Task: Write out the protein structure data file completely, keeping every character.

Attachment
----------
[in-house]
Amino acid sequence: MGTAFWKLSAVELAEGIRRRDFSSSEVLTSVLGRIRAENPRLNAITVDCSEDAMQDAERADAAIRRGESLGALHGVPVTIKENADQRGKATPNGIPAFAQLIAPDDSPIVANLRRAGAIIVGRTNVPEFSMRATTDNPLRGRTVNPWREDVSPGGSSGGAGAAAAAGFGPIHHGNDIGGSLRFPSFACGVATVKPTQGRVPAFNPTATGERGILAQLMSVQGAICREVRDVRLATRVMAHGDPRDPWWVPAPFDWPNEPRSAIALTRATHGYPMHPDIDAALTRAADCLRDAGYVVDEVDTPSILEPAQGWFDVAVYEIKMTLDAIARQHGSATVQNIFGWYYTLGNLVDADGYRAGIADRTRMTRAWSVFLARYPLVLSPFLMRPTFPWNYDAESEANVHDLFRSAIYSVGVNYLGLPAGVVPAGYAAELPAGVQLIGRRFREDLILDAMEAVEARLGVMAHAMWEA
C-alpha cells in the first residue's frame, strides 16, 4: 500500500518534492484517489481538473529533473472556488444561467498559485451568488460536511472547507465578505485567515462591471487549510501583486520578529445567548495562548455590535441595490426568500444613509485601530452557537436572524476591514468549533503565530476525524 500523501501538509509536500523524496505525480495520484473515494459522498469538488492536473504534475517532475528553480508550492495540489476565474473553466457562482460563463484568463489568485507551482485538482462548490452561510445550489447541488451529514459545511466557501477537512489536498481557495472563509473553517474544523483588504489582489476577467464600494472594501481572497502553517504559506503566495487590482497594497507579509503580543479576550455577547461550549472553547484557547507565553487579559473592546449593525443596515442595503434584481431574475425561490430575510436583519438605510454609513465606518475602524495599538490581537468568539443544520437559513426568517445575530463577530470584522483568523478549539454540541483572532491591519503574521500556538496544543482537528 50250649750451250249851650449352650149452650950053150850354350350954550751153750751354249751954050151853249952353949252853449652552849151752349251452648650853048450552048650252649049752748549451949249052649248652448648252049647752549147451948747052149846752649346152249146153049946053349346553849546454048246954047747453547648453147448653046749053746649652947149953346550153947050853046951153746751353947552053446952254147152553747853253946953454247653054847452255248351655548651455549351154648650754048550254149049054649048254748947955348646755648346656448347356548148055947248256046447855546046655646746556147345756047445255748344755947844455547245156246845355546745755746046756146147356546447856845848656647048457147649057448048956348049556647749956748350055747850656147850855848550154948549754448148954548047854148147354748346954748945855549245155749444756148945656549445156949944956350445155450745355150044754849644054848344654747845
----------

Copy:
[in-house]
Amino acid sequence: MGTAFWKLSAVELAEGIRRRDFSSSEVLTSVLGRIRAENPRLNAITVDCSEDAMQDAERADAAIRRGESLGALHGVPVTIKENADQRGKATPNGIPAFAQLIAPDDSPIVANLRRAGAIIVGRTNVPEFSMRATTDNPLRGRTVNPWREDVSPGGSSGGAGAAAAAGFGPIHHGNDIGGSLRFPSFACGVATVKPTQGRVPAFNPTATGERGILAQLMSVQGAICREVRDVRLATRVMAHGDPRDPWWVPAPFDWPNEPRSAIALTRATHGYPMHPDIDAALTRAADCLRDAGYVVDEVDTPSILEPAQGWFDVAVYEIKMTLDAIARQHGSATVQNIFGWYYTLGNLVDADGYRAGIADRTRMTRAWSVFLARYPLVLSPFLMRPTFPWNYDAESEANVHDLFRSAIYSVGVNYLGLPAGVVPAGYAAELPAGVQLIGRRFREDLILDAMEAVEARLGVMAHAMWEA
C-alpha cells in the first residue's frame, strides 16, 4: 500500500518534492484517489481538473529533473472556488444561467498559485451568488460536511472547507465578505485567515462591471487549510501583486520578529445567548495562548455590535441595490426568500444613509485601530452557537436572524476591514468549533503565530476525524 500523501501538509509536500523524496505525480495520484473515494459522498469538488492536473504534475517532475528553480508550492495540489476565474473553466457562482460563463484568463489568485507551482485538482462548490452561510445550489447541488451529514459545511466557501477537512489536498481557495472563509473553517474544523483588504489582489476577467464600494472594501481572497502553517504559506503566495487590482497594497507579509503580543479576550455577547461550549472553547484557547507565553487579559473592546449593525443596515442595503434584481431574475425561490430575510436583519438605510454609513465606518475602524495599538490581537468568539443544520437559513426568517445575530463577530470584522483568523478549539454540541483572532491591519503574521500556538496544543482537528 50250649750451250249851650449352650149452650950053150850354350350954550751153750751354249751954050151853249952353949252853449652552849151752349251452648650853048450552048650252649049752748549451949249052649248652448648252049647752549147451948747052149846752649346152249146153049946053349346553849546454048246954047747453547648453147448653046749053746649652947149953346550153947050853046951153746751353947552053446952254147152553747853253946953454247653054847452255248351655548651455549351154648650754048550254149049054649048254748947955348646755648346656448347356548148055947248256046447855546046655646746556147345756047445255748344755947844455547245156246845355546745755746046756146147356546447856845848656647048457147649057448048956348049556647749956748350055747850656147850855848550154948549754448148954548047854148147354748346954748945855549245155749444756148945656549445156949944956350445155450745355150044754849644054848344654747845